Gene Weingarten is on vacation. This column originally ran in 2003.
A national women’s magazine recently asked me to write a story about cosmetic tooth-care products. Now, two questions might occur to you:
(1) Why would a magazine want me to write about cosmetic tooth-care products; and (2), why would a women’s magazine want me to write about anything?
These questions occurred to me, too, but I did not raise them because of a complicated journalistic principle involving the fact that the deal was $3 a word. If you are not a professional writer, you may not understand just how seductive “$3 a word” is. I will try to describe it in layman’s terms. Let’s say you were a garbageman, and you were offered $3 for every bag you picked up. You would begin by picking up as many bags of garbage as you could, and as quickly as you could, but you would soon start swiping pedestrians’ shopping bags, handbags, colostomy bags, whatever. My point is that $3 a word is generous.
Still, I knew that my style of writing might not be exactly appropriate for national women’s magazines, which tend to feature articles such as “Crying: Ten Strategies That Work!” So the first thing I did was to solemnly assure the editor that she’d made a wise choice, that even though I am a “guy,” I am not entirely without sophistication and can hold my own when it comes to understanding such things as beauty. Having thus reassured her, I hung up and proceeded to map out my reporting plan, which consisted of going to a hardware store.
Basically, I had decided I wasn’t going to do some dippy women’s-magazine-type survey of mouth-care professionals. I was going to behave in the time-honored male fashion of overdoing things — in a life-threatening fashion, if possible.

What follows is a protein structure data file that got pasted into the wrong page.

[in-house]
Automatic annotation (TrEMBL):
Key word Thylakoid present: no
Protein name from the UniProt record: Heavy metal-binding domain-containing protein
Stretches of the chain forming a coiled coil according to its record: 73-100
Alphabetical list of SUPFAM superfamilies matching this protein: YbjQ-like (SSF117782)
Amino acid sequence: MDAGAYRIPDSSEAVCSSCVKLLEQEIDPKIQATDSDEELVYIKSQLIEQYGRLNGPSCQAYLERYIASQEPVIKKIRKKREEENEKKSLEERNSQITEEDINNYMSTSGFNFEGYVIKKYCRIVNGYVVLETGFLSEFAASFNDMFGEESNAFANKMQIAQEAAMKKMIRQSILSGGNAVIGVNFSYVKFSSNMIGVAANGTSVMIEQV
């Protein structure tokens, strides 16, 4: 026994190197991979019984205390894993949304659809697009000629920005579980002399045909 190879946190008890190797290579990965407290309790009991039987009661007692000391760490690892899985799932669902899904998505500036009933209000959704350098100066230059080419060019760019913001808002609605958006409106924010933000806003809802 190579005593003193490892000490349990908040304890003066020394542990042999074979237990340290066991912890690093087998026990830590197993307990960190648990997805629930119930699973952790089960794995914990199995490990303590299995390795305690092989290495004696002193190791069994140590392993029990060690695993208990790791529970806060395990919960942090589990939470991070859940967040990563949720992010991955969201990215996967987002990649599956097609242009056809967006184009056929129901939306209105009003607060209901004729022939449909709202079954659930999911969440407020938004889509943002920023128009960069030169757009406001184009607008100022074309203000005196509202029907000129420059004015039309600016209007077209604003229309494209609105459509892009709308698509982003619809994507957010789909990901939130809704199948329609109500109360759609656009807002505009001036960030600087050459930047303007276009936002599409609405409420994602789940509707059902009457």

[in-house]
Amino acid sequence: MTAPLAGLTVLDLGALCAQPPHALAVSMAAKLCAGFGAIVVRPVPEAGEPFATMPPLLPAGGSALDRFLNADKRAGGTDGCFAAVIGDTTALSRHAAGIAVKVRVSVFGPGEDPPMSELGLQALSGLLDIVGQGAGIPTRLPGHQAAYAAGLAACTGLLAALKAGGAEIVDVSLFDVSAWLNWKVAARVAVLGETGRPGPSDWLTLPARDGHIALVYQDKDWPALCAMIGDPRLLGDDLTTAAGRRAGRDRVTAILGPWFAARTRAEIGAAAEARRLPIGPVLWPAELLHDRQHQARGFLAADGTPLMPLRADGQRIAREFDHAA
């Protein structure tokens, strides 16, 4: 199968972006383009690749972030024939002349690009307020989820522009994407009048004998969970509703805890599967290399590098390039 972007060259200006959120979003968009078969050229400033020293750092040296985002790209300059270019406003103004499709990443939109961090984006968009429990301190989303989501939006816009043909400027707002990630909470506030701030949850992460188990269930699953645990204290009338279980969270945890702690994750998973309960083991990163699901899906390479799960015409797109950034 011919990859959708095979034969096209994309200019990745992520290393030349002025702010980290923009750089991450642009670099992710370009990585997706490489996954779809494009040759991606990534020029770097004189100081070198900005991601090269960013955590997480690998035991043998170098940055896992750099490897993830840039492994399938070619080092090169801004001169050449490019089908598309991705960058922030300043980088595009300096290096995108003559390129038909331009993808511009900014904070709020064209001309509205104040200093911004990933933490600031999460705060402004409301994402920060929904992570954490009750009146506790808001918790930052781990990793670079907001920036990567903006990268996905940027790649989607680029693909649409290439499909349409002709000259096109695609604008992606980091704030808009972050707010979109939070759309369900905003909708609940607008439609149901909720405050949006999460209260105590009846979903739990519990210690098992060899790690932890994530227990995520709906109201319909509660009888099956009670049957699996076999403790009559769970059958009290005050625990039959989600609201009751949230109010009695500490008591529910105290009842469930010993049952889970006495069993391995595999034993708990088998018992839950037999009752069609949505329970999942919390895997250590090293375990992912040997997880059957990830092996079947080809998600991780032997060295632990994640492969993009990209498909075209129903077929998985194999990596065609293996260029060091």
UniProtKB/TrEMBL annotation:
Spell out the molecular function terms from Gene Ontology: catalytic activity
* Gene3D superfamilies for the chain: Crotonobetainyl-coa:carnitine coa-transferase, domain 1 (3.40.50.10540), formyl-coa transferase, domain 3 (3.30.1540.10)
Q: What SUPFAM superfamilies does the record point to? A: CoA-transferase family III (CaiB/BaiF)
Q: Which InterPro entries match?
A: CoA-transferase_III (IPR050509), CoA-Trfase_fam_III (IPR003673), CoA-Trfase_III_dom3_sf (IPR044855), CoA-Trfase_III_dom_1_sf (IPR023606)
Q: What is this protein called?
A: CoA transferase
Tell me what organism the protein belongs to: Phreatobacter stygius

Which is how I came to find myself in my bathroom, looking at the mirror, holding to my mouth those little paint-sample strips I got at the hardware store, trying to decide what color my teeth were. This was to be the “before” comparison. Then I was going to go on a frantic, three-week binge of tooth whitening, using every available bleaching gel, cream and paste in quantities and frequencies not consistent with any sane regimen of oral hygiene. (The Washington Post lawyers have instructed me to say my regimen should never be followed by anyone who has not first taken the basic oral hygiene precaution of sending The Washington Post a notarized letter holding it harmless for any calamities up to and including winding up looking like a sock puppet.)
At my bathroom mirror, I started optimistically with Benjamin Moore “atrium white,” which was good for a laugh. Then I began lowering my expectations, moving glumly forward from the white shades through the off-whites and finally, alas, to the wan yellows. In the end I decided I was somewhere between Duron’s “downy duckling” and Benjamin Moore’s “old straw hat.” (I do not recommend this exercise, by the way, unless you are being paid $3 a word to do it. Even TV spokesmodel teeth will pale when held up against the unforgiving standards of interior latex semigloss.)
Three weeks later, I definitely had whiter teeth — all the way up to Benjamin Moore’s “creme brulee.” This came at a cost. Many of these whitening products warn that they might result in “increased tooth sensitivity” — and I can say that using this stuff day and night for three weeks exaggerates this effect. Afterward, you feel as though you are walking around wearing a retainer made of aluminum foil. You’ve got a painful smile. How painful? It’s an “Oh, good, your mother is coming to visit” smile.
I wasn’t surprised when my story was ultimately rejected. I really didn’t follow orders very well. Besides, I just know my editors at The Post will pick up the tab for this piece, which, at $3 a word, comes to ... $1,992.
Editor’s note: Fat chance, Gene.
Actually, now it’s $2,019.
E-mail Gene at firstname.lastname@example.org.